This pirate ship took inspiration from Errol Flynn’s ship in The Seahawk and was called The Inferno. Constructed on a scale of 105 feet long, the Inferno took around two and half months to be perfected and polished before filming could begin.
Some of the TheInferno's remains were even used later in the Pirates of the Caribbean ship ride at Disneyland!
The Grand Budapest Hotel – 2014
One of the most gorgeous and unique filming styles known to humankind has been executed by Wes Anderson and his production designer Adam Stockhausen.
The same could be seen in The Grand Budapest Hotel, which was filmed in Gorlitz, Germany, but in an abandoned department store with five floors, an atrium, and a skylight – all of which became the main attractions of the movie.
The place was actually transformed twice, once for the scenes from the 1920s-30s and once for the scenes in the 1960s!
Jaws – 1975
Taking the title for one of the most terrifying movies from its time, Steven Spielberg’s Jaws had a budget of around $7,000,000; a considerable amount of this budget was spent on the massive mechanical shark that remains the star of the movie.
The crew treated the shark as a celebrity, also giving it a name – Bruce! Bruce, the shark from Jaws, is so famous that it even has its own Facebook page.
Godzilla – 1998
An evident product of incredible usage of special effects and CGI plus traditional cinematography effects, Godzilla was constructed on an extremely high budget in its production time – of about $130,000,000!
The movie required around twenty mock-ups of New York skyscrapers to give a realistic touch to it, some of them were even twenty feet tall.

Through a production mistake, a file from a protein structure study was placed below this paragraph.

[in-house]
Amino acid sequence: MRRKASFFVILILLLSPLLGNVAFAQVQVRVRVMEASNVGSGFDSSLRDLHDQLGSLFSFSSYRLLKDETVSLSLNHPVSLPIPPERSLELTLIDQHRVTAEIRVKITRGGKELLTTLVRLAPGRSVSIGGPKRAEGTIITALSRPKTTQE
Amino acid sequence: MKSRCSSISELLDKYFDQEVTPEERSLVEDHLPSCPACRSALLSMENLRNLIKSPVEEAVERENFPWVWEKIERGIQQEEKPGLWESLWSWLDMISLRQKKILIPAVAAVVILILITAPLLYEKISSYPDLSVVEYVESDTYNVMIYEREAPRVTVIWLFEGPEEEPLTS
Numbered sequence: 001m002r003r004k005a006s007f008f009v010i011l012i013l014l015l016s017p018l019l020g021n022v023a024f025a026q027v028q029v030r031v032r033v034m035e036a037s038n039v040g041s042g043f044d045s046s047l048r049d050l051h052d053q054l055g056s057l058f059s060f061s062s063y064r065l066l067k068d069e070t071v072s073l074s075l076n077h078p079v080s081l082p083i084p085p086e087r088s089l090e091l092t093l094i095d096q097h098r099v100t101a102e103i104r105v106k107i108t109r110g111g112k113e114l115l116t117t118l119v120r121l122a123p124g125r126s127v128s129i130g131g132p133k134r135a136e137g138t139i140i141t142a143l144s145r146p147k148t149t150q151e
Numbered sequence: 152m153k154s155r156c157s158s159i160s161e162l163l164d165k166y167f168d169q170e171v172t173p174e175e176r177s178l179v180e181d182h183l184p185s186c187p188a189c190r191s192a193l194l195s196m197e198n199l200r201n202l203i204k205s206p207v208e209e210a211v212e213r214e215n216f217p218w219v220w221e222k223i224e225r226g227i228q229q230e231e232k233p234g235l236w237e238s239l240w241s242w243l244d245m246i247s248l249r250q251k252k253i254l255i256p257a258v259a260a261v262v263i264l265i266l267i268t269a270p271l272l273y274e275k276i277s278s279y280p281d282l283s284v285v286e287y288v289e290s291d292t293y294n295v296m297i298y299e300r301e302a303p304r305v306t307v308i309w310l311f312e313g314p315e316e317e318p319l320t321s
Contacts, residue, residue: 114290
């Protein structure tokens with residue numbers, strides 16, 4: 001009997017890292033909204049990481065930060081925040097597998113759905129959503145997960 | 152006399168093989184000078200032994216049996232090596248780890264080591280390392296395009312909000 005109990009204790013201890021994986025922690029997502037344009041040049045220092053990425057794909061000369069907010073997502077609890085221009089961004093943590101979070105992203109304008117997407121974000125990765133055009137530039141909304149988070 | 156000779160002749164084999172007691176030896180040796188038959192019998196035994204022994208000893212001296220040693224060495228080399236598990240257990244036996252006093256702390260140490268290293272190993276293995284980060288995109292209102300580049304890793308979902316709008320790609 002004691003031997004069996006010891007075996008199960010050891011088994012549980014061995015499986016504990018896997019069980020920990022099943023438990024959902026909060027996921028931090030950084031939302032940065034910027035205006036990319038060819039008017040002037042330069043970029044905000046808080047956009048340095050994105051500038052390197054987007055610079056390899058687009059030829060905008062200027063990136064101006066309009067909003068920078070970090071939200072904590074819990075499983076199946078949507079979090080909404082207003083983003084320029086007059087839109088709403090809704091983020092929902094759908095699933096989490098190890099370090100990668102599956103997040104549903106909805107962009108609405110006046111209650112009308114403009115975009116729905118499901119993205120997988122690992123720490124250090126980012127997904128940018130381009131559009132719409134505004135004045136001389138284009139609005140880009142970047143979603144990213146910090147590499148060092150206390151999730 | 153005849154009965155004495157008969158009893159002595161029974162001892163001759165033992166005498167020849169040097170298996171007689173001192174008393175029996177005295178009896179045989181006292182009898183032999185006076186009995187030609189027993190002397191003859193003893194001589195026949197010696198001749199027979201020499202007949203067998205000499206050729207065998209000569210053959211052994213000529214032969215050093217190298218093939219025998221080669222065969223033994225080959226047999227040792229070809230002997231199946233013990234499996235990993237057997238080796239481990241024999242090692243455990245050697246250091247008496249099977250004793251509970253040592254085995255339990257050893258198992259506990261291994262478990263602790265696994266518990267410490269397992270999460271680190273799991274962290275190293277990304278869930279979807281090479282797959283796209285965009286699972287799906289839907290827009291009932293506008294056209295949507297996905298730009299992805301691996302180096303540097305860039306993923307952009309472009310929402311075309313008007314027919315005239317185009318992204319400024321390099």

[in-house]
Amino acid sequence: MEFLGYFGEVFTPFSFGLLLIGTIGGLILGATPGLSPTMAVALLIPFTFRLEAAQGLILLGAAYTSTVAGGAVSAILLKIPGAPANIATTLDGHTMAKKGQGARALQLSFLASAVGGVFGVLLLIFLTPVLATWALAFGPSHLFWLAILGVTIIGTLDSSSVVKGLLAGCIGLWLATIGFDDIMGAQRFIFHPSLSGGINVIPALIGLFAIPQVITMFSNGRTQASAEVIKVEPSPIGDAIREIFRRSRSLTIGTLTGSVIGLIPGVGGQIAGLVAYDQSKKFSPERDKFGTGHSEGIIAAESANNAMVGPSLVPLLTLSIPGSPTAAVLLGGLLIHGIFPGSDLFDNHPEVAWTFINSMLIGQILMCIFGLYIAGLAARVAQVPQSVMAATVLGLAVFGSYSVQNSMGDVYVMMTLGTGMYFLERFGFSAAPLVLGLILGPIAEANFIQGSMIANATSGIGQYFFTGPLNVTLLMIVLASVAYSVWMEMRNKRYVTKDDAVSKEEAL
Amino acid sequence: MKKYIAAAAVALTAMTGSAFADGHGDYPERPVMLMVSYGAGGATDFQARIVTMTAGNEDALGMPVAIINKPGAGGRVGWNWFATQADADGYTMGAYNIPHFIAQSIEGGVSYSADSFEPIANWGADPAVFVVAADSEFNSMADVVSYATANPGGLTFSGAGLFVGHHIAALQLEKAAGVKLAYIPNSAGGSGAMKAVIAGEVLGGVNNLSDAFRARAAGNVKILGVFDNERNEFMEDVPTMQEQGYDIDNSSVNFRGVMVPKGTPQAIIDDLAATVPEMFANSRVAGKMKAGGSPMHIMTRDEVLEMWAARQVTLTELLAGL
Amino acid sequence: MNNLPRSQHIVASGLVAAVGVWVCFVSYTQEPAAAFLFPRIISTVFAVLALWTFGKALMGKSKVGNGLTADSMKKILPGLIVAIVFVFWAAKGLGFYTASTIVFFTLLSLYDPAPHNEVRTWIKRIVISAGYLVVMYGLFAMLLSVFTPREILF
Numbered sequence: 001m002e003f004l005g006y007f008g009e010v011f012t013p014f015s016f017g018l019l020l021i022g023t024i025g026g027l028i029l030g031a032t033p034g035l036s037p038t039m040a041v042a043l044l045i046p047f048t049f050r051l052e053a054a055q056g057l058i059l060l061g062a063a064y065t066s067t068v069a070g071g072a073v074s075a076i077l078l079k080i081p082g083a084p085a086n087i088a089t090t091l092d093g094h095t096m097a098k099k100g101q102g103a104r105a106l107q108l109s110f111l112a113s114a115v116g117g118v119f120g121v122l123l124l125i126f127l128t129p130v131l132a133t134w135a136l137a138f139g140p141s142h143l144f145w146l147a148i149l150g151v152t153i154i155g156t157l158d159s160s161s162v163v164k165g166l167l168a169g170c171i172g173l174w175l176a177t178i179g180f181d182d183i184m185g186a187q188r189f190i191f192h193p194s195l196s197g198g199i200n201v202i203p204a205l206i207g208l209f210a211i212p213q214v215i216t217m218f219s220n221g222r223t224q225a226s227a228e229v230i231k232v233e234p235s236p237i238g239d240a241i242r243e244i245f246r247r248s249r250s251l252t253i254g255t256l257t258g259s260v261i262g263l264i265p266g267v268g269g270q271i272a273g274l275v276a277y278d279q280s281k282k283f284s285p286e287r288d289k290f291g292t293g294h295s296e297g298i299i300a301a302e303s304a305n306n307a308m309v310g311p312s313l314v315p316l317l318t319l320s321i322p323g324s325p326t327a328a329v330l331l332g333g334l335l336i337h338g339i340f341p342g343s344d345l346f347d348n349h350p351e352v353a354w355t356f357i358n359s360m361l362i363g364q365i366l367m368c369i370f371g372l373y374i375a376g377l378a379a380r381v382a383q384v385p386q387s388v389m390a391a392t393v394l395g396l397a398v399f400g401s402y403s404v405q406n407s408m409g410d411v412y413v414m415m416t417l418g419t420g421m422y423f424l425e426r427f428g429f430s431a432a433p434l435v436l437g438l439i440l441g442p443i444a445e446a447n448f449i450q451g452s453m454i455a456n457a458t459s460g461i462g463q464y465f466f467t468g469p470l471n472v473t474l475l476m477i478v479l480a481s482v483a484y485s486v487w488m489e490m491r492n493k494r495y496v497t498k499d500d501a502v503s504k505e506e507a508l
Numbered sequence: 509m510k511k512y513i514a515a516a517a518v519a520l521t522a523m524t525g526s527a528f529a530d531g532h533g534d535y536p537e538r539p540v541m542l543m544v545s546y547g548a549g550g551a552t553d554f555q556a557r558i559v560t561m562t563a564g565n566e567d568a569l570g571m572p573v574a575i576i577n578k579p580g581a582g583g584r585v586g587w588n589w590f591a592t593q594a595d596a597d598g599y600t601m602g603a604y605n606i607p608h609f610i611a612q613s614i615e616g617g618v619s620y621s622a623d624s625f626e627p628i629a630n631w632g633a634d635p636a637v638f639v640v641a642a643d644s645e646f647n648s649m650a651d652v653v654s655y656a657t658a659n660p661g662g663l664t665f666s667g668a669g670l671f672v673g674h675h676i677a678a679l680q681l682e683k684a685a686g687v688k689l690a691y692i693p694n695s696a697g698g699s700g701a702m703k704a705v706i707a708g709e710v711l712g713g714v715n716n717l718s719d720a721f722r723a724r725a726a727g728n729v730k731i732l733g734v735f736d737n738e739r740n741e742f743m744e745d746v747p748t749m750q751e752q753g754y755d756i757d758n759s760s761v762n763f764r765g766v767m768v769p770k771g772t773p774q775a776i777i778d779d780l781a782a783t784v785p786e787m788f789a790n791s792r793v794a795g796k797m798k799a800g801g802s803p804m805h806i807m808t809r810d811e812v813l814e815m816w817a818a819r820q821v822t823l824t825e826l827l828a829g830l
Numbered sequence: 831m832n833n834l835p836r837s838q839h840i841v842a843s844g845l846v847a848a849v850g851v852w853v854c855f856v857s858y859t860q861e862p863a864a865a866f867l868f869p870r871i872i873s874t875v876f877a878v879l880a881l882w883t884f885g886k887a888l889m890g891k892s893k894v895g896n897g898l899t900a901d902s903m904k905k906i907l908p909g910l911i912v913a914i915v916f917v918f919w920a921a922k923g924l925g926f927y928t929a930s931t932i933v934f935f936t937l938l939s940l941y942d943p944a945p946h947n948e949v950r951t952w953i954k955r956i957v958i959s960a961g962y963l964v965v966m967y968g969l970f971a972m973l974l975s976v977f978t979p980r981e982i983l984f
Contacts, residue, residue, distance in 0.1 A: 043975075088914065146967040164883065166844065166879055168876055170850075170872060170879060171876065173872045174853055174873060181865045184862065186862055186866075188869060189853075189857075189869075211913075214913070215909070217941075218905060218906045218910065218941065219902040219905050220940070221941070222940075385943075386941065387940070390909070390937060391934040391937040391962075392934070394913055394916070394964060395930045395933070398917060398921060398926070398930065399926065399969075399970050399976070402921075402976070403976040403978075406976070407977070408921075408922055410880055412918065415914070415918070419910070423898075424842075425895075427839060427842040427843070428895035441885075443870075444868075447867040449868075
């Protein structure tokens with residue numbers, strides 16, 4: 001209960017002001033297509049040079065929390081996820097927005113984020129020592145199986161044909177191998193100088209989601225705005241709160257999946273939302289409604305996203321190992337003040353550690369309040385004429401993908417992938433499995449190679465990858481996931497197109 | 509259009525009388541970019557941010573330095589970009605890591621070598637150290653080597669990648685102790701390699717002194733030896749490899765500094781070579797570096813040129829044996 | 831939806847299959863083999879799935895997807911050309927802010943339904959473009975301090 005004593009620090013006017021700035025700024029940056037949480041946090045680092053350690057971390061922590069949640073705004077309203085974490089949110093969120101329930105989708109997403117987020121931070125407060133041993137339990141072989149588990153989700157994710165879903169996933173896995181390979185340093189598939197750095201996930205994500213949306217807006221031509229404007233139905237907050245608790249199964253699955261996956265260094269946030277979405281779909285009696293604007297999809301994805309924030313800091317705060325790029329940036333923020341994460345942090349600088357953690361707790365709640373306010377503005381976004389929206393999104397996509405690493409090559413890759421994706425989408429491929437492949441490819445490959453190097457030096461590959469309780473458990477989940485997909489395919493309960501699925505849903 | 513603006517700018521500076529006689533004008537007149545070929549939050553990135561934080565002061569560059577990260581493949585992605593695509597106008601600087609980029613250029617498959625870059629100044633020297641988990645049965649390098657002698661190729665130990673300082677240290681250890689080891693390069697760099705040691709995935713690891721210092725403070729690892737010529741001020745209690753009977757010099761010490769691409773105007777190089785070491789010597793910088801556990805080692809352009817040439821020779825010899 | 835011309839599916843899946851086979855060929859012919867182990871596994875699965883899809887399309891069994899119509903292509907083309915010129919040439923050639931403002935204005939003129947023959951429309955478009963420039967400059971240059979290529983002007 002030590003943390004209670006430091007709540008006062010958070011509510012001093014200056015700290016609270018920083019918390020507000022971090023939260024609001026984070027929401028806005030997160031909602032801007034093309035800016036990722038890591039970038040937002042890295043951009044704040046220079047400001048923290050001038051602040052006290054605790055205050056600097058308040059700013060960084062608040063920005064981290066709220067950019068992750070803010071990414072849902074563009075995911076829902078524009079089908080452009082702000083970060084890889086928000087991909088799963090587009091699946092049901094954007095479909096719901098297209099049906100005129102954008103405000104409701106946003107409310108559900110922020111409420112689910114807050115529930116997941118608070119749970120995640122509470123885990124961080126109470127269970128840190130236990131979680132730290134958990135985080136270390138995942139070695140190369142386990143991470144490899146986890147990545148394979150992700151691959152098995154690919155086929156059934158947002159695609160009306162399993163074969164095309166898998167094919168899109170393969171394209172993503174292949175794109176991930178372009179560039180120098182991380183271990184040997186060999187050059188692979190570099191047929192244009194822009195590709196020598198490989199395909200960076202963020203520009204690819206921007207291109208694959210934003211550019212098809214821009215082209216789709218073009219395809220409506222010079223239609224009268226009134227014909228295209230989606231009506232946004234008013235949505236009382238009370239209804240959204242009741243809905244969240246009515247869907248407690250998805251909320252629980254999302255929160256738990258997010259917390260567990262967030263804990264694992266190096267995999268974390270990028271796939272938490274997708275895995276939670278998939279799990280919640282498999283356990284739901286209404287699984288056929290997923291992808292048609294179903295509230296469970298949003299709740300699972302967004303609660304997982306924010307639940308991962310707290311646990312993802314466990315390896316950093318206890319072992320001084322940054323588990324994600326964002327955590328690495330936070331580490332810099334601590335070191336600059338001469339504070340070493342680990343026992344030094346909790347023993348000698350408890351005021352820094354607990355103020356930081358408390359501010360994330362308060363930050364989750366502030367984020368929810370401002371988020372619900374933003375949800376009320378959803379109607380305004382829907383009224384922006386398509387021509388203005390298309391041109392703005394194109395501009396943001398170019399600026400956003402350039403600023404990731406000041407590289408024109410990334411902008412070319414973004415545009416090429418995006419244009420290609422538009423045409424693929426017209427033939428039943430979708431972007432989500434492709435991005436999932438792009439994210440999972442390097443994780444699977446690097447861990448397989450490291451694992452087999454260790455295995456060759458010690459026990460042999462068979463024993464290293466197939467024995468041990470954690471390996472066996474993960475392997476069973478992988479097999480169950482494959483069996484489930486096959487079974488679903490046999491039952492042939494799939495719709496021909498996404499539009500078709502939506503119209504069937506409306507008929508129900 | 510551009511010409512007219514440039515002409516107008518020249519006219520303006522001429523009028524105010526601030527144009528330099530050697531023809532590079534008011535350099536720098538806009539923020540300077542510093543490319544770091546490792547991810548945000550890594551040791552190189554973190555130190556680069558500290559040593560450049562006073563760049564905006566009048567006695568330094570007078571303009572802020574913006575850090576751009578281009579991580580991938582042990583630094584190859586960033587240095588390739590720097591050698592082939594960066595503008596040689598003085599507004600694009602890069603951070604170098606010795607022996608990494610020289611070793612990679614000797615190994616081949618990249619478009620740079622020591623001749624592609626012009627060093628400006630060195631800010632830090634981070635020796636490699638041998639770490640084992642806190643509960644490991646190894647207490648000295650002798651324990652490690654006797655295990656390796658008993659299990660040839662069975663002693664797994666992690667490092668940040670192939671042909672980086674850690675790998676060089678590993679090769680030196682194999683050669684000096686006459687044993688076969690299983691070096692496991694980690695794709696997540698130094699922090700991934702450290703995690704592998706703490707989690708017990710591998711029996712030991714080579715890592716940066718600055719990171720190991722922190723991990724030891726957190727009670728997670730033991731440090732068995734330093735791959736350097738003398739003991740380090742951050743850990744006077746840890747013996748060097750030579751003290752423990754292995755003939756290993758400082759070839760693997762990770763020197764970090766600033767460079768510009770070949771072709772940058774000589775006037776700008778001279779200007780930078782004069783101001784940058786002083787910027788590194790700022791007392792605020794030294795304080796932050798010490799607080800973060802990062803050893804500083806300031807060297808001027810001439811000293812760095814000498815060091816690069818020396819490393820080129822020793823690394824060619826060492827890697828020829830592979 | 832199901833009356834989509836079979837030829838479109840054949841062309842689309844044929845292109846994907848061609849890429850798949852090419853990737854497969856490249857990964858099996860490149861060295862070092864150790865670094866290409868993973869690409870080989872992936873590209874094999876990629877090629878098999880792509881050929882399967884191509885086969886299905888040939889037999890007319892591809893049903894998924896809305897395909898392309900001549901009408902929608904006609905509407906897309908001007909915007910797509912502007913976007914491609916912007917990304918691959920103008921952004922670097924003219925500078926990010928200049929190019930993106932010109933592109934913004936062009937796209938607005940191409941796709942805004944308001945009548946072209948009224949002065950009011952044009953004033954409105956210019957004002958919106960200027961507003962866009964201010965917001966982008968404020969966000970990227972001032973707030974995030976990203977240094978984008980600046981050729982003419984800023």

Blade Runner 2049 – 2017
The sequel to Ridley Scott’s original Blade Runner, Blade Runner 2049, owns the perfect example of stunning and mesmerizing special effects. Dennis Villeneuve ensured that most of the special effects would be executed through amazingly intricate miniatures of buildings in futuristic Los Angeles without going to CGI for these effects.
Created on a scale of 1:48, the production team constructed 37 buildings for the practical effects and used them to bring realism. No wonder the movie’s budget was around $150,000,000!
Independence Day – 1996
Filmed at the start of the digital revolution in cinema, Independence Day was one of a kind! With a budget of $75,000,000, more than 80% of the movie was shot through motion-control cameras and miniatures.
The production team ensured that they could construct a 5-ft high, 15-ft version of the White House for its famous destruction scene – it was in no way ordinary!
Many more movies used the traditional methods and spent hundreds of thousands to bring that realist approach; they can never get old.
Many movie enthusiasts prefer to watch movies that were shot on marvelously constructed sets – CGI could never match that!